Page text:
Russian federal subjects (regions) continued to form regionally-based volunteer battalions. Khabarovsk Krai Governor Mikhail Degtyaryev announced on August 10 that Khabarovsk Krai registered two battalions, named “Baron Korf” and “Svyatitel Innokentiy,” that are actively recruiting volunteers to deploy to Ukraine.[36] Degtyaryev stated that the battalions will accept anyone ages 18-50 and will provide a one-time payment of 250,000 rubles (approximately $4,124) for signing a short-term contract for a period of 6 months to 3 years.[37]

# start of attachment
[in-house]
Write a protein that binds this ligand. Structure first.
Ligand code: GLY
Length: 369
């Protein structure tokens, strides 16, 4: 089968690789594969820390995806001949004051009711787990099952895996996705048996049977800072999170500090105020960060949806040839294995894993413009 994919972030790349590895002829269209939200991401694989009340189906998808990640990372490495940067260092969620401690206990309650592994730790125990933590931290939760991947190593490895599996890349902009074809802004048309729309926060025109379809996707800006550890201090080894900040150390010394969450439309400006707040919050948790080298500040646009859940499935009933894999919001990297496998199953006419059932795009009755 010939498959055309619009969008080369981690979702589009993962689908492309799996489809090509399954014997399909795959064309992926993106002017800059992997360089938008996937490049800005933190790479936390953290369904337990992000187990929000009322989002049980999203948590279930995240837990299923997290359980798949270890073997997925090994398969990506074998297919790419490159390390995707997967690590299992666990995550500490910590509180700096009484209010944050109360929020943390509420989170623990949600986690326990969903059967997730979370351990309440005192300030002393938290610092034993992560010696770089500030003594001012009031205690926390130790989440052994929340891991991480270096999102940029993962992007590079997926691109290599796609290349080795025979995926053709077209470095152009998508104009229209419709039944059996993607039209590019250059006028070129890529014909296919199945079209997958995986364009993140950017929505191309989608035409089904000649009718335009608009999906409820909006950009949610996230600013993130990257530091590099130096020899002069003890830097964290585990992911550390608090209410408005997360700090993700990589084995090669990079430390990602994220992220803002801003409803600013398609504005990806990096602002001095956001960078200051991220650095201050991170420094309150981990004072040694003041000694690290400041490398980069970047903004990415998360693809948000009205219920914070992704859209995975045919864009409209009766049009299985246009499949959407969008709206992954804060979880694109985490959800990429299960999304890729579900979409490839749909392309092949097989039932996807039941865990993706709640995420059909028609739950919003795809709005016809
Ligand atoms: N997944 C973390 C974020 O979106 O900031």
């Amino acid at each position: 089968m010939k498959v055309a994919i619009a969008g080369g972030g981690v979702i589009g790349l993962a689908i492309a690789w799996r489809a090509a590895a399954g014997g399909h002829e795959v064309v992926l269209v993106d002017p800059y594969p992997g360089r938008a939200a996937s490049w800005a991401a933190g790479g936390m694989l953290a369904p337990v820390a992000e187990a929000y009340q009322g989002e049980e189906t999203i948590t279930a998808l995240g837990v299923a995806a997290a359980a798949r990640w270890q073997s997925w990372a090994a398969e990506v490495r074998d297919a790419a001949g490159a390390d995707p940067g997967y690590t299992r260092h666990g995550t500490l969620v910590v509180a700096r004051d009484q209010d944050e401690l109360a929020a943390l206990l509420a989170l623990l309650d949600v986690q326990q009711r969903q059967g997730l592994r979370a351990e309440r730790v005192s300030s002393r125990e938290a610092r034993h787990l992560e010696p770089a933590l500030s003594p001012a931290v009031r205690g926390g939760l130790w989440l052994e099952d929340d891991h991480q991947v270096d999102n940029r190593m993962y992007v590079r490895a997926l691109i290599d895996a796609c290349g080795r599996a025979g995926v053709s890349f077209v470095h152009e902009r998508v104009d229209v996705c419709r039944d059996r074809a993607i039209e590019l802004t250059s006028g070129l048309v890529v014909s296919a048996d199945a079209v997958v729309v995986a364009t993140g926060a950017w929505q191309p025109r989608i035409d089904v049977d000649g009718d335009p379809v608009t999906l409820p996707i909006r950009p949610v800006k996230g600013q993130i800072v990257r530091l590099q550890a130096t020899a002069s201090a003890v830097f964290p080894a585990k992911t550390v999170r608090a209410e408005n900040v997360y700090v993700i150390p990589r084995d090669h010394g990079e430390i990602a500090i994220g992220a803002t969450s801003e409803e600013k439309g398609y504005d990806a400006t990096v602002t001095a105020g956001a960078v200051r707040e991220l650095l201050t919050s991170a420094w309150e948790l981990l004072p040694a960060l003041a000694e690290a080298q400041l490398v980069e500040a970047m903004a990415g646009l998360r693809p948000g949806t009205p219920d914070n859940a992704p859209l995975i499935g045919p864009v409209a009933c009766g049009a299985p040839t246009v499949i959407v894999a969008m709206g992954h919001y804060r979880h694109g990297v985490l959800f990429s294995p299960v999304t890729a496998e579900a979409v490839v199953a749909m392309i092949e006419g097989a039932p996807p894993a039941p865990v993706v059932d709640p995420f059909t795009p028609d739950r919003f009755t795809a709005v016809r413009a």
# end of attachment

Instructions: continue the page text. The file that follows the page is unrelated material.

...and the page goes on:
Russian military officials continued taking measures to compensate for personnel losses in Ukraine. Ukrainian General Staff Main Operations Deputy Chief Oleksiy Gromov reported that Russian forces are appointing former sergeants to platoon commanders upon completing brief officers' courses.[38] Gromov noted that forced mobilization for the 2nd Army Corps reserves continues in occupied Luhansk Oblast, with Russian occupation authorities planning to call up 8,000 people in occupied Ukrainian territories.[39] Gromov reported that 60% of the Russian Armed Forces consists of volunteers under short-term contracts and that morale within the Russian ranks remains low.[40] Gromov’s statements are consistent with ISW’s assessment from early March that Russian forces will continue to rapidly replace degrading reserves with less prepared volunteer forces.[41] Gromov also emphasized that Kremlin officials have suspended and are actively investigating 30-40% of generals and officers who assisted in planning the Ukraine invasion due to “strategic failures.”[42] Gromov suggested that Russian Defense Minister Sergey Shoigu and Chief of the Russian General Staff Valery Gerasimov only remain in power to prevent the complete discreditation of the Russian military and its leadership.[43]